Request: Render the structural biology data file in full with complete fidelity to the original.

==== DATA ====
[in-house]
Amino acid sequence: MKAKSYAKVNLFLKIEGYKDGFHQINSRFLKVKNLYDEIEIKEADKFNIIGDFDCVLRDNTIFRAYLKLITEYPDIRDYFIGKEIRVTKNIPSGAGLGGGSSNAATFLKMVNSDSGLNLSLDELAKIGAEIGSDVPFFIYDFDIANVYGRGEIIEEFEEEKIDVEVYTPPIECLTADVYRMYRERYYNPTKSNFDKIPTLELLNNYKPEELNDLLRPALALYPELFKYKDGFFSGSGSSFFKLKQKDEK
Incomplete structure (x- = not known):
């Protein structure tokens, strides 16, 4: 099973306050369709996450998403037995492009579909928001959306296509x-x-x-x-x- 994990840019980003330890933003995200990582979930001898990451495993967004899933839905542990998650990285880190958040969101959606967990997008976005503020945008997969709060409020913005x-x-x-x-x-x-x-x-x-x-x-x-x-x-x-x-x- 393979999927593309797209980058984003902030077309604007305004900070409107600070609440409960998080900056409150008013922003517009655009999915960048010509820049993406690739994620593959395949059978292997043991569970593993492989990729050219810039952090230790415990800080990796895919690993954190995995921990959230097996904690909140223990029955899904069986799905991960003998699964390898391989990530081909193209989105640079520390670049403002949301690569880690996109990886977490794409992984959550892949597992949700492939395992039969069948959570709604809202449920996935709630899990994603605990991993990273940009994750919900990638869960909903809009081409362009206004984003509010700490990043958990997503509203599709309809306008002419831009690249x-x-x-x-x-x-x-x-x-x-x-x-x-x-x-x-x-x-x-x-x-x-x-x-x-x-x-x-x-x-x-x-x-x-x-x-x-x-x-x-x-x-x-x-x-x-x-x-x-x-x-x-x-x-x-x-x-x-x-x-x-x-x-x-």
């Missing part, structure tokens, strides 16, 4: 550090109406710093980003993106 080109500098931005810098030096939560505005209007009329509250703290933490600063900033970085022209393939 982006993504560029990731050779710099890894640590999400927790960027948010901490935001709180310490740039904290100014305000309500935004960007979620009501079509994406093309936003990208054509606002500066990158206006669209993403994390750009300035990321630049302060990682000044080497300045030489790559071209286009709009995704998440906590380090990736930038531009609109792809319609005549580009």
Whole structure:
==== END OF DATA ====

[in-house]
Amino acid sequence: MKAKSYAKVNLFLKIEGYKDGFHQINSRFLKVKNLYDEIEIKEADKFNIIGDFDCVLRDNTIFRAYLKLITEYPDIRDYFIGKEIRVTKNIPSGAGLGGGSSNAATFLKMVNSDSGLNLSLDELAKIGAEIGSDVPFFIYDFDIANVYGRGEIIEEFEEEKIDVEVYTPPIECLTADVYRMYRERYYNPTKSNFDKIPTLELLNNYKPEELNDLLRPALALYPELFKYKDGFFSGSGSSFFKLKQKDEK
Incomplete structure (x- = not known):
């Protein structure tokens, strides 16, 4: 099973306050369709996450998403037995492009579909928001959306296509x-x-x-x-x- 994990840019980003330890933003995200990582979930001898990451495993967004899933839905542990998650990285880190958040969101959606967990997008976005503020945008997969709060409020913005x-x-x-x-x-x-x-x-x-x-x-x-x-x-x-x-x- 393979999927593309797209980058984003902030077309604007305004900070409107600070609440409960998080900056409150008013922003517009655009999915960048010509820049993406690739994620593959395949059978292997043991569970593993492989990729050219810039952090230790415990800080990796895919690993954190995995921990959230097996904690909140223990029955899904069986799905991960003998699964390898391989990530081909193209989105640079520390670049403002949301690569880690996109990886977490794409992984959550892949597992949700492939395992039969069948959570709604809202449920996935709630899990994603605990991993990273940009994750919900990638869960909903809009081409362009206004984003509010700490990043958990997503509203599709309809306008002419831009690249x-x-x-x-x-x-x-x-x-x-x-x-x-x-x-x-x-x-x-x-x-x-x-x-x-x-x-x-x-x-x-x-x-x-x-x-x-x-x-x-x-x-x-x-x-x-x-x-x-x-x-x-x-x-x-x-x-x-x-x-x-x-x-x-």
């Missing part, structure tokens, strides 16, 4: 550090109406710093980003993106 080109500098931005810098030096939560505005209007009329509250703290933490600063900033970085022209393939 982006993504560029990731050779710099890894640590999400927790960027948010901490935001709180310490740039904290100014305000309500935004960007979620009501079509994406093309936003990208054509606002500066990158206006669209993403994390750009300035990321630049302060990682000044080497300045030489790559071209286009709009995704998440906590380090990736930038531009609109792809319609005549580009």
Whole structure: